Another method is transferring your credit card dues to a single card. Choose a card with either zero or low interest. It will make the repayment easier and also reduce the interest charged. The freed-up credit limit can lure you back to maxing out your card. Make sure not to fall for that.
Mistake 3: Not analysing your financial situation
Remaining oblivious to your financial status is not the right solution. In fact, it can only worsen your situation further. Piling debt can affect your decision-making and also derail your finances. Any option that gives you some relief can be very lucrative. However, rushing the decision can be detrimental. Before taking a final call, make sure you have your action plan prepared.
Achieving a good credit score can help you get a headstart. While this may seem like a difficult thing to attain, there are many quick ways to improve your score. Therefore, holistically analyse your situation and only then proceed to consolidate your debt.
Mistake 4: Not opting for a short tenure
Allowing repayment over a longer duration may tempt you, but it is advised to stay clear of it. By logic, if you divide the amount you have to pay by longer duration, you pay a lower amount in every instalment. This may look like an attractive offer because it is easier to shell out less money every month. However, if you look at the bigger picture, in the end, you are paying a higher interest rate, which is arguably the most important factor to be considered not only when consolidating debt but also when normally availing them.
Ask your lender for the various options available. If you have a steady income and can afford high monthly payments, go for the shortest duration possible. This will help you save a lot on interest payments. Not just that, you can also free yourself from the debt burden quickly.
Mistake 5: Not creating a repayment plan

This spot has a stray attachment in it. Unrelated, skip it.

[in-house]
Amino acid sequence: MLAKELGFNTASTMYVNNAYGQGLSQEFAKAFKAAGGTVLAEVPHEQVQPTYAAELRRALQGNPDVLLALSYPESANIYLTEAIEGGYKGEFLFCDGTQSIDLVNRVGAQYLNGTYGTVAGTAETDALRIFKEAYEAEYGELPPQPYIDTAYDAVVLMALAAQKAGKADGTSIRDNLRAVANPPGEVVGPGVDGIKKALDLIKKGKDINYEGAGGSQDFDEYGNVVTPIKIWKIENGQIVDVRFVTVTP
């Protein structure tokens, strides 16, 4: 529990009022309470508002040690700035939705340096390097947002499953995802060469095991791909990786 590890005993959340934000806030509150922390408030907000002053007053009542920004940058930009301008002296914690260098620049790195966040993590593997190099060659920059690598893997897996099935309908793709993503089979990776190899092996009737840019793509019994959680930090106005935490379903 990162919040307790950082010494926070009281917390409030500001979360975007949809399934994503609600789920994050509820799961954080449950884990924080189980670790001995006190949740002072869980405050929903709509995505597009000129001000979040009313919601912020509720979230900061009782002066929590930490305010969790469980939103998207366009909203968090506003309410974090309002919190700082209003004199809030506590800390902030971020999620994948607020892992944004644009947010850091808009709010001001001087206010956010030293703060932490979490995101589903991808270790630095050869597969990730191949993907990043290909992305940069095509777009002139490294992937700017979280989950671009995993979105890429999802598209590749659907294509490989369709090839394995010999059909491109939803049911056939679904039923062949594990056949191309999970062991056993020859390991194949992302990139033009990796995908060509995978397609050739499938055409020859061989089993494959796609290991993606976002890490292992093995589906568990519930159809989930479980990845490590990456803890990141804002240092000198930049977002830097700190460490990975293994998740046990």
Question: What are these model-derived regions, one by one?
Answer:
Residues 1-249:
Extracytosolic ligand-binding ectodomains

Consolidating your debt is only the first step. While it helps in reducing your stress levels and narrows down the focus point, it does not vanish the debt. You still have to make the repayments. To effectively manage this, you may want to be prepared with a repayment plan. Segregate your income so that you have enough to spend on necessities and also for a monthly instalment.
You can also direct any extra cash that you receive towards repayment. This can ease your debt load to some extent. But again, you’d need to control your urge to spend. Preparing a budget and sticking to it is extremely important. Take into account how much you need for everyday expenses. Cut out all unnecessary expenditures. Do not splurge and focus on becoming debt-free first.
One thing that can make the task easier is automating your repayments. You can give your bank the instructions to deduct a set amount at predetermined intervals. This way, you won’t need to worry about forgetting to put out the instalment.
The above-mentioned mistakes are easy to avoid. All you need is self-discipline and a check on your spendings. Remember to choose the debt consolidation option with the lowest interest rate and a reasonable timeline. Ensure you don’t skip any instalments. Don’t fall for more credit payments. Some restrictions and a lot of self-control can bring you closer to living debt-free.